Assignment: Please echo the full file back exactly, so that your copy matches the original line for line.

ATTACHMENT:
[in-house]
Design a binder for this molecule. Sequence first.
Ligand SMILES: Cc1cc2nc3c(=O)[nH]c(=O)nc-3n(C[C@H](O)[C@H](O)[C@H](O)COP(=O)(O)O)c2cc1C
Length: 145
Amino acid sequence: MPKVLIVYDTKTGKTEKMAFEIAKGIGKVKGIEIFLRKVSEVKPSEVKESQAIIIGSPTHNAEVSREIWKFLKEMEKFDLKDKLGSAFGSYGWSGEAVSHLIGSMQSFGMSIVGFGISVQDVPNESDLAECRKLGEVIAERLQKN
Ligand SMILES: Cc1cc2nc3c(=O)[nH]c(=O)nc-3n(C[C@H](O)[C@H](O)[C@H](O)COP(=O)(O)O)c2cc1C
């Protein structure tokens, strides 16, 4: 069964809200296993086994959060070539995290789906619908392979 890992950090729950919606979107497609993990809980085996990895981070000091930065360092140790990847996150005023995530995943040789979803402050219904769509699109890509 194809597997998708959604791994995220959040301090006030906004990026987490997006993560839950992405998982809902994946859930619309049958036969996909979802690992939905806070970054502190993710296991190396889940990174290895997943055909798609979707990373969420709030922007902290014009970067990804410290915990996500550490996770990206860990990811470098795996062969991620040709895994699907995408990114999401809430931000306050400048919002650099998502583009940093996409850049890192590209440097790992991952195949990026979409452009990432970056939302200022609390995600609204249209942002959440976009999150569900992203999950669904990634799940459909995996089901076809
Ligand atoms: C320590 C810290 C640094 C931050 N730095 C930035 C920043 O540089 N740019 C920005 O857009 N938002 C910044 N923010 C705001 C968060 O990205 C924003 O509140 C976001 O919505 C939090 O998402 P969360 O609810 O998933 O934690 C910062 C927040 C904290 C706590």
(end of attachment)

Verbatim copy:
[in-house]
Design a binder for this molecule. Sequence first.
Ligand SMILES: Cc1cc2nc3c(=O)[nH]c(=O)nc-3n(C[C@H](O)[C@H](O)[C@H](O)COP(=O)(O)O)c2cc1C
Length: 145
Amino acid sequence: MPKVLIVYDTKTGKTEKMAFEIAKGIGKVKGIEIFLRKVSEVKPSEVKESQAIIIGSPTHNAEVSREIWKFLKEMEKFDLKDKLGSAFGSYGWSGEAVSHLIGSMQSFGMSIVGFGISVQDVPNESDLAECRKLGEVIAERLQKN
Ligand SMILES: Cc1cc2nc3c(=O)[nH]c(=O)nc-3n(C[C@H](O)[C@H](O)[C@H](O)COP(=O)(O)O)c2cc1C
């Protein structure tokens, strides 16, 4: 069964809200296993086994959060070539995290789906619908392979 890992950090729950919606979107497609993990809980085996990895981070000091930065360092140790990847996150005023995530995943040789979803402050219904769509699109890509 194809597997998708959604791994995220959040301090006030906004990026987490997006993560839950992405998982809902994946859930619309049958036969996909979802690992939905806070970054502190993710296991190396889940990174290895997943055909798609979707990373969420709030922007902290014009970067990804410290915990996500550490996770990206860990990811470098795996062969991620040709895994699907995408990114999401809430931000306050400048919002650099998502583009940093996409850049890192590209440097790992991952195949990026979409452009990432970056939302200022609390995600609204249209942002959440976009999150569900992203999950669904990634799940459909995996089901076809
Ligand atoms: C320590 C810290 C640094 C931050 N730095 C930035 C920043 O540089 N740019 C920005 O857009 N938002 C910044 N923010 C705001 C968060 O990205 C924003 O509140 C976001 O919505 C939090 O998402 P969360 O609810 O998933 O934690 C910062 C927040 C904290 C706590």